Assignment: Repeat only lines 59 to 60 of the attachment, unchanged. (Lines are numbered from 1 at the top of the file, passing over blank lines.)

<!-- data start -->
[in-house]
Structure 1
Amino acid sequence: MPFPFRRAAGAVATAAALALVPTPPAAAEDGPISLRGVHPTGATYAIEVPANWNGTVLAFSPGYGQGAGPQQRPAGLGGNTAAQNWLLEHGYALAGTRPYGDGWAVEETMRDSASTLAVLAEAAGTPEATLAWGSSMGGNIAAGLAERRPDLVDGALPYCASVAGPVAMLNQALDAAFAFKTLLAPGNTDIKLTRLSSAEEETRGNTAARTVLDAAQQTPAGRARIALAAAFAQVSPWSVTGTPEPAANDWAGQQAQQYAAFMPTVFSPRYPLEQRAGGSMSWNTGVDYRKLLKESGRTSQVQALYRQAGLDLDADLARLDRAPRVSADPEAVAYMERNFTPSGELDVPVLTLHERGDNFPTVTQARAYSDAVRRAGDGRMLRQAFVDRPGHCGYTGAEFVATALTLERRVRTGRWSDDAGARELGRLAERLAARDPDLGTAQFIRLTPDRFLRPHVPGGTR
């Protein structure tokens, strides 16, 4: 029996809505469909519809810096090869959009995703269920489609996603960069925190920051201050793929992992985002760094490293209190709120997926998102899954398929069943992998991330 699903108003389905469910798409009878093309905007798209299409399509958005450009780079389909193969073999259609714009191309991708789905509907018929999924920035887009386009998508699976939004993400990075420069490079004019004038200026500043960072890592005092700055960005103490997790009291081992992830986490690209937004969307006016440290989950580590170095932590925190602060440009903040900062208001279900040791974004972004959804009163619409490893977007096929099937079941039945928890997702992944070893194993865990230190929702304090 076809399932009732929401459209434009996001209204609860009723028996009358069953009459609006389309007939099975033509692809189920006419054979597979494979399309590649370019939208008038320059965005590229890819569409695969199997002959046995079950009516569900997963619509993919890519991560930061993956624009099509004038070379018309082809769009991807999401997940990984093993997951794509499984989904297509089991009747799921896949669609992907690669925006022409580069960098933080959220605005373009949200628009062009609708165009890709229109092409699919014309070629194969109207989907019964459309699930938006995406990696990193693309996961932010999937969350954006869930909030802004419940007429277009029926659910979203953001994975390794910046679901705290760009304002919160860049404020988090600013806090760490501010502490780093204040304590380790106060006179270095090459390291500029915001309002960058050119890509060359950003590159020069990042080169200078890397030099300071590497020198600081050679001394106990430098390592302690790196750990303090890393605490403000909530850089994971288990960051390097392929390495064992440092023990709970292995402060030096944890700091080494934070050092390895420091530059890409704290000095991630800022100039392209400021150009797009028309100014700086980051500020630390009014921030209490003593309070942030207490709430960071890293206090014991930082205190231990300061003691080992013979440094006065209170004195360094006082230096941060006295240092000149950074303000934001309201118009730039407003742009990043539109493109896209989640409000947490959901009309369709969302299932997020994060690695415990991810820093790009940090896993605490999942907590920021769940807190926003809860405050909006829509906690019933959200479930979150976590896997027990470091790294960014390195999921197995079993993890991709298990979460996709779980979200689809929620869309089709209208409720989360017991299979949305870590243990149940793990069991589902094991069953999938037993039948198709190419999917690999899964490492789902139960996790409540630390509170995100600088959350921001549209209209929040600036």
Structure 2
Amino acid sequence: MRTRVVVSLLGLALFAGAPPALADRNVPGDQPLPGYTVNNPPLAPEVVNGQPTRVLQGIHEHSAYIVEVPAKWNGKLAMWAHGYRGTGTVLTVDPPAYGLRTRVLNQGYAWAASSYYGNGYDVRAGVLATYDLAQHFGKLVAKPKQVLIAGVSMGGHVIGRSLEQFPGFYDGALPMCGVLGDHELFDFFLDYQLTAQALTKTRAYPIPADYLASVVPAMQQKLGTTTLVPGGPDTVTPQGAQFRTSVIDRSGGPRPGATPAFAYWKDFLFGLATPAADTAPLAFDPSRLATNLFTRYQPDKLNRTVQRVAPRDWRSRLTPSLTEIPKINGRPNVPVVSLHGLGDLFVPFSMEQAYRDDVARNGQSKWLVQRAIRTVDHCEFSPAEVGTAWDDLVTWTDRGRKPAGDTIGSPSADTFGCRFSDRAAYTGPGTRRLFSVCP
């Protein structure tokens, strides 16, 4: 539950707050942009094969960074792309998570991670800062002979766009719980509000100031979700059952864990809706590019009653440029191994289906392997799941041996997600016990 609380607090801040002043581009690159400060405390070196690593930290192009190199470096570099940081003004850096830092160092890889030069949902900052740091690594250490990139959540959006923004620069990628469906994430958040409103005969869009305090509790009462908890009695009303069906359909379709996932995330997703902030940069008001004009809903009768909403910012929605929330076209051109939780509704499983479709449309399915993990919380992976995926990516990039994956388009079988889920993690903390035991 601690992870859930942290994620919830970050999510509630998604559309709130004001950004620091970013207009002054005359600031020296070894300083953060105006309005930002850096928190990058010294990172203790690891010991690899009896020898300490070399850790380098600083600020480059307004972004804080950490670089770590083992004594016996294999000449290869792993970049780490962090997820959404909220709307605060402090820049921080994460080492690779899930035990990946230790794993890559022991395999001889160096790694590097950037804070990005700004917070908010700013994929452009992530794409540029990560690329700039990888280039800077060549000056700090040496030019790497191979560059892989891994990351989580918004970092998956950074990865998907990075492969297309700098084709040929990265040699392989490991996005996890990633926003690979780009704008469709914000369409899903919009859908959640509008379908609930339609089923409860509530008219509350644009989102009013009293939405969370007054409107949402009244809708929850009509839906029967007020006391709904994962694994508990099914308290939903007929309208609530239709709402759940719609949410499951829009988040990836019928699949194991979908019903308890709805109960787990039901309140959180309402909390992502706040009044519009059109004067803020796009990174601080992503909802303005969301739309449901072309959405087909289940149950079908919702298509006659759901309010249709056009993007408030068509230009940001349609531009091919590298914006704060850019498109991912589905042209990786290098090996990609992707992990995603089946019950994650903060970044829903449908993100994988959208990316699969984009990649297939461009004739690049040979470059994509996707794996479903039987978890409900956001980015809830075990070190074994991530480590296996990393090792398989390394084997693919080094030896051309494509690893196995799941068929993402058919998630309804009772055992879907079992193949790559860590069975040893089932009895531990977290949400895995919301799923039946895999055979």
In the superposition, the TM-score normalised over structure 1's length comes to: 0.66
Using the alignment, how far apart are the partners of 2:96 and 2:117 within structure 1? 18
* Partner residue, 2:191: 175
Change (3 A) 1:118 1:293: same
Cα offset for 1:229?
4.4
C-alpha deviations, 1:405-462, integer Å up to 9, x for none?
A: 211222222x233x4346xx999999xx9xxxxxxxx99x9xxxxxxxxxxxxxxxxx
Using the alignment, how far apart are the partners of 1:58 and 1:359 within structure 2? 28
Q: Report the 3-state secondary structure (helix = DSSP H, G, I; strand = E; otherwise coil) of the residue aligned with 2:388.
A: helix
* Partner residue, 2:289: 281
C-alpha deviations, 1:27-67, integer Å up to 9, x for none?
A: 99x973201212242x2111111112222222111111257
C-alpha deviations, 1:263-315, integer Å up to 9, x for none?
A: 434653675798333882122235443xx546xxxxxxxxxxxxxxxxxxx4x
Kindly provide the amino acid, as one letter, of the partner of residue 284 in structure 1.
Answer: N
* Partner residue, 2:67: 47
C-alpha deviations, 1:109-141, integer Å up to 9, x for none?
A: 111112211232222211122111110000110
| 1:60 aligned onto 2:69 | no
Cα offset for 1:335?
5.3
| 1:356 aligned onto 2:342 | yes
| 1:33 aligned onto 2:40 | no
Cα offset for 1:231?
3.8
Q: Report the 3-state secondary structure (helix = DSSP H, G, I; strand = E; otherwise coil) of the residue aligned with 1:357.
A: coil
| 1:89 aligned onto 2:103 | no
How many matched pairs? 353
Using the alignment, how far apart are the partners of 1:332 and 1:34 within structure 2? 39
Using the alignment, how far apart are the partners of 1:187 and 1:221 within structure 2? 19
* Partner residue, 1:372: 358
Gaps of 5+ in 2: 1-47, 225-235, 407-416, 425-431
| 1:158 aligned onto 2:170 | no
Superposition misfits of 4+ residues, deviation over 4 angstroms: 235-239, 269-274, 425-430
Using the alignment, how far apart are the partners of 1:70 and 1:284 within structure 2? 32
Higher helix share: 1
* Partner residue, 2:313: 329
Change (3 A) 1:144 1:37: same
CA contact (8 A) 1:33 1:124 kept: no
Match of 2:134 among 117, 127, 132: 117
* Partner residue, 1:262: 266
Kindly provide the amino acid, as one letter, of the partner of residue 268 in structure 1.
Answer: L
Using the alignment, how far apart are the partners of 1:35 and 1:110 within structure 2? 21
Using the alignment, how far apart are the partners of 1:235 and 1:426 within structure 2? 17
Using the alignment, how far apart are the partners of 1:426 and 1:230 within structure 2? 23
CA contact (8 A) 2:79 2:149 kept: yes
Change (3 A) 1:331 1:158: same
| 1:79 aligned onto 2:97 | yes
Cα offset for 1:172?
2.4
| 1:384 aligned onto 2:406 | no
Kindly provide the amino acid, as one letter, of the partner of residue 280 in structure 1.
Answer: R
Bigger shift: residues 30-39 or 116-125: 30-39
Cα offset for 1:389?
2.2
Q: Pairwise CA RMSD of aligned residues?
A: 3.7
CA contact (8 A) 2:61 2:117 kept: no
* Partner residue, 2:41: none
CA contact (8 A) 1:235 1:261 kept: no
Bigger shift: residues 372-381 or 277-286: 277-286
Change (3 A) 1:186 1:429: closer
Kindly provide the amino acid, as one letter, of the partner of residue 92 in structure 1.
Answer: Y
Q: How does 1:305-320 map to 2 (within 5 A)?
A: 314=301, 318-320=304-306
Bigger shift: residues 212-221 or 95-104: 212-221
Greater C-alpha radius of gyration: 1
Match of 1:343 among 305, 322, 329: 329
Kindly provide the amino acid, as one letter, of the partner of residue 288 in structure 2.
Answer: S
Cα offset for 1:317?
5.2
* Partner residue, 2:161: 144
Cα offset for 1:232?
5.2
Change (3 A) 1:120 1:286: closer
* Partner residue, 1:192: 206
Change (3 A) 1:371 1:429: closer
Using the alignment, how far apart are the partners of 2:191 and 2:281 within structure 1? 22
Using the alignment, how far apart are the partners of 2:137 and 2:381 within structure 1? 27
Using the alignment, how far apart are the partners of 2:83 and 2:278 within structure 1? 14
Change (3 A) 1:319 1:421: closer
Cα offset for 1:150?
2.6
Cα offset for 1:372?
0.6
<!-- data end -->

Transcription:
Change (3 A) 1:331 1:158: same
| 1:79 aligned onto 2:97 | yes